The lonely Count is enchanted by a small portrait of Lucy and immediately agrees to purchase the Wismar property, especially with the knowledge that he and Lucy would become neighbors. As Jonathan's visit progresses, he is haunted at night by a number of dream-like encounters with the vampiric Count. Simultaneously, in Wismar, Lucy is tormented by night terrors, plagued by images of impending doom. Additionally, Renfield is committed to an asylum after biting a cow, apparently having gone completely insane. To Harker's horror, he finds the Count asleep in a coffin, confirming for him that Dracula is indeed a vampire. At night, Dracula leaves for Wismar, taking with him a number of coffins, filled with the cursed earth that he needs for his vampiric rest. Harker finds that he is locked in the castle, and attempts to escape through a window with a makeshift rope. The rope, fashioned from bed sheets, is not long enough, and Jonathan falls, severely injuring himself. He awakes on the ground the next morning, stirred by the sound of a young gypsy boy playing a violin. He is eventually sent to a hospital and raves about "black coffins" to doctors, who then assume that the sickness is affecting his mind.
Meanwhile, Dracula and his coffins travel to Wismar by boat, via the Black Sea port of Varna, thence through the Bosphorus and Gibraltar straits and around the entire west European Atlantic coast to the Baltic Sea. He systematically kills the entire crew, making it appear as if they were afflicted with plague. The ghost ship arrives, with its cargo, at Wismar, where doctors — including Abraham Van Helsing — investigate the strange fate of the ship. They discover a log that mentions their perceived affliction with plague. In turn, Wismar is flooded with rats from the ship. Dracula arrives in Wismar with his coffins, and death spreads rapidly throughout the town. When Jonathan is finally transported home, he is desperately ill, and does not appear to recognize his wife. Lucy later has an encounter with Count Dracula; weary and unable to die, he demands some of the love that she gave so freely to Jonathan, but she refuses, much to Dracula's dismay. Now aware that something other than plague is responsible for the death that has beset her once-peaceful town, Lucy desperately tries to convince the townspeople, but they are skeptical and uninterested. She finds that she can vanquish Dracula's evil by distracting him at dawn, but at the expense of her own life. She lures the Count to her bedroom, where he proceeds to drink her blood.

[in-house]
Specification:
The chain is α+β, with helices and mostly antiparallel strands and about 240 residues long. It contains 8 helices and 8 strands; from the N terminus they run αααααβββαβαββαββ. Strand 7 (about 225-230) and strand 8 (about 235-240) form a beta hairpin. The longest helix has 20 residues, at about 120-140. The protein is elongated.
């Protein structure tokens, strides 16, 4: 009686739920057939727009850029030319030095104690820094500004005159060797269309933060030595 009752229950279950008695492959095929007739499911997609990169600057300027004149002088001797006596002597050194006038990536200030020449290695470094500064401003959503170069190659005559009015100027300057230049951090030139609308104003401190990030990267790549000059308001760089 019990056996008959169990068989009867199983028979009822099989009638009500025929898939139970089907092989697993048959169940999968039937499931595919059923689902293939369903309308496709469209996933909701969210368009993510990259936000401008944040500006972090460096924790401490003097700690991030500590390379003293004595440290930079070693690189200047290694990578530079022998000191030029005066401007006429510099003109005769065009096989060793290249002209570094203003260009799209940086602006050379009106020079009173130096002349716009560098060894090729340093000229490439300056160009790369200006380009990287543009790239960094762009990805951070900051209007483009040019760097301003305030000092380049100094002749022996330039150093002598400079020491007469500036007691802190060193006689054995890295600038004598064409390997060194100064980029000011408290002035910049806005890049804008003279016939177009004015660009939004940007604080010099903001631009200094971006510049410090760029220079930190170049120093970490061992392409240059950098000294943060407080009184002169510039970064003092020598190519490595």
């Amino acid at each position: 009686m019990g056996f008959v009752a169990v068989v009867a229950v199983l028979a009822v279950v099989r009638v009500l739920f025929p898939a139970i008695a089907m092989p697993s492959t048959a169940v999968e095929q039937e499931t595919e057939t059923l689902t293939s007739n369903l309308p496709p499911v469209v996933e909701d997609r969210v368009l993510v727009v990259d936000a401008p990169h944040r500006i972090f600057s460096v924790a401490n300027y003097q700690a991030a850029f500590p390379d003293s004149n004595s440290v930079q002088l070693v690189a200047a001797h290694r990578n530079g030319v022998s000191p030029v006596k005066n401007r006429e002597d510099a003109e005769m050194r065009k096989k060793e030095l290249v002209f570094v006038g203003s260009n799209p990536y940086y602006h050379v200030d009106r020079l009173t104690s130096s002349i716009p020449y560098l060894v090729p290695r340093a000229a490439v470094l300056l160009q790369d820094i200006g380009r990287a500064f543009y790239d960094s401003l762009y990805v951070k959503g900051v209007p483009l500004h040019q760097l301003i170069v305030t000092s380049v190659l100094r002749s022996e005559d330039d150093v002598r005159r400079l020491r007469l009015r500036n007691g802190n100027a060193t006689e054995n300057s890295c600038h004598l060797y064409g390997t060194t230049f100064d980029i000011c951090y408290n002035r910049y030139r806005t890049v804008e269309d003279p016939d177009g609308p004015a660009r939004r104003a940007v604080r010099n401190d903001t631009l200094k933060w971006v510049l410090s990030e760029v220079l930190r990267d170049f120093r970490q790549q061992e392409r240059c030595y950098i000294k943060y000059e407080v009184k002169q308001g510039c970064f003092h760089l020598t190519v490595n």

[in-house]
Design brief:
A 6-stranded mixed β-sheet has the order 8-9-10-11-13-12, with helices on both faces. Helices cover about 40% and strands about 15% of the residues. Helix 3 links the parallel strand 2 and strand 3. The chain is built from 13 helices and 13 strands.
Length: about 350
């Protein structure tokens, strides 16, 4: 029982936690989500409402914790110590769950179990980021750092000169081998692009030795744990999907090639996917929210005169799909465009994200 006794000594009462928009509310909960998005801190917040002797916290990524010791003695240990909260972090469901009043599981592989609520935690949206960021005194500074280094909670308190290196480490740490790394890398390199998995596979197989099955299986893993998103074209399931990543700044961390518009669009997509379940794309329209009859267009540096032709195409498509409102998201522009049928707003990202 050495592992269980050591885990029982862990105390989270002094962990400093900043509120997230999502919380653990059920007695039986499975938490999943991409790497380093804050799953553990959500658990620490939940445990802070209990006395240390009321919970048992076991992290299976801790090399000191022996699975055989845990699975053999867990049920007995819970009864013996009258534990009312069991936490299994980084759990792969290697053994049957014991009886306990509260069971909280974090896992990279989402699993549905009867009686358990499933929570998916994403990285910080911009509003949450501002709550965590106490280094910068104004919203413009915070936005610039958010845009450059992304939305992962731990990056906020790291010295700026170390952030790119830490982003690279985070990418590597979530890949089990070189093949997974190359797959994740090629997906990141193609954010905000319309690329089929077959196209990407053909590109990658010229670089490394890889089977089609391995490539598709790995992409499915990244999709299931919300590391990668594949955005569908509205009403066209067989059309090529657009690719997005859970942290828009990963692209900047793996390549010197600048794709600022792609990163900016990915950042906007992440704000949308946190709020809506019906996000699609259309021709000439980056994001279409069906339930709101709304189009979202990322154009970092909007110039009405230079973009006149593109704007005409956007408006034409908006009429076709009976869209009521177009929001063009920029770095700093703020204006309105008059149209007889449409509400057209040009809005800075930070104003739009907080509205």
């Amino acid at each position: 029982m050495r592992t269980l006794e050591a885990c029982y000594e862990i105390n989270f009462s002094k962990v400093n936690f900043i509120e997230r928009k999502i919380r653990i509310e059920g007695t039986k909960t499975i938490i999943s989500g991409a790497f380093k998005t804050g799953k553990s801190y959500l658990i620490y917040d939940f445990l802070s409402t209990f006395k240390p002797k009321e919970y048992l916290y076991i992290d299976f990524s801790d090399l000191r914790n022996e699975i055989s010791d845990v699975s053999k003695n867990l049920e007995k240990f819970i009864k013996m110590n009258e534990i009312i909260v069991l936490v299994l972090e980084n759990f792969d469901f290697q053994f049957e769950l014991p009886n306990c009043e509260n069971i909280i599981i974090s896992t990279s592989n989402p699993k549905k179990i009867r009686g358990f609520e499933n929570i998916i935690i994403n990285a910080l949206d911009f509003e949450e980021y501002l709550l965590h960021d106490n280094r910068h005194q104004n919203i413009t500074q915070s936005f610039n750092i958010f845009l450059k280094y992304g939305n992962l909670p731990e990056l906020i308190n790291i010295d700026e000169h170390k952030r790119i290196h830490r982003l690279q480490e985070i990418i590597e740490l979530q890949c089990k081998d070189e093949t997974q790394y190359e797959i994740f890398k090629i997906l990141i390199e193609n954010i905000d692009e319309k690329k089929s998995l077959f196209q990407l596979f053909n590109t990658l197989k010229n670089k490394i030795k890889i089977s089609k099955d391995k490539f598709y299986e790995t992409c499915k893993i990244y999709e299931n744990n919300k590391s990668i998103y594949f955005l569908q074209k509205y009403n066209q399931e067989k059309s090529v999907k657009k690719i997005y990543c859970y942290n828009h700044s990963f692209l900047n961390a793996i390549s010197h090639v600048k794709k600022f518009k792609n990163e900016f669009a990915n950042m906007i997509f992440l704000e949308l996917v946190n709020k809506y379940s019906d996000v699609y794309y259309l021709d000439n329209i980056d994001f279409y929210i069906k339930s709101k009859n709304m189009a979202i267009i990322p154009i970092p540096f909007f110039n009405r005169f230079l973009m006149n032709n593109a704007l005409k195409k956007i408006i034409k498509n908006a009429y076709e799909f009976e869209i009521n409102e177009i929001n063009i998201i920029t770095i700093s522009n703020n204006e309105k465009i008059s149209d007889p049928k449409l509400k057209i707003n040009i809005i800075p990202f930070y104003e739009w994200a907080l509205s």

Lucy's beauty and purity distract Dracula from the call of the rooster, and at the first light of day, he collapses to the floor. Van Helsing arrives to discover Lucy, dead but victorious. He then drives a stake through the heart of the Count to make sure Lucy's sacrifice was not in vain. In a final, chilling twist, Jonathan Harker awakes from his sickness, now a vampire, and arranges for Van Helsing's arrest. He is last seen traveling away on horseback, stating enigmatically that he has much to do.
The film was released as Nosferatu: Phantom der Nacht in German and Nosferatu the Vampyre in English. It was entered into the 29th Berlin International Film Festival, where production designer Henning von Gierke won the Silver Bear for an outstanding single achievement. The review aggregator website Rotten Tomatoes indicates that the film is highly regarded today, having a rating of 94%. Reviewer John J. Puccio of MovieMet considers it a faithful homage to Murnau's original film, significantly updating the original material, and avoiding the danger of being overly derivative.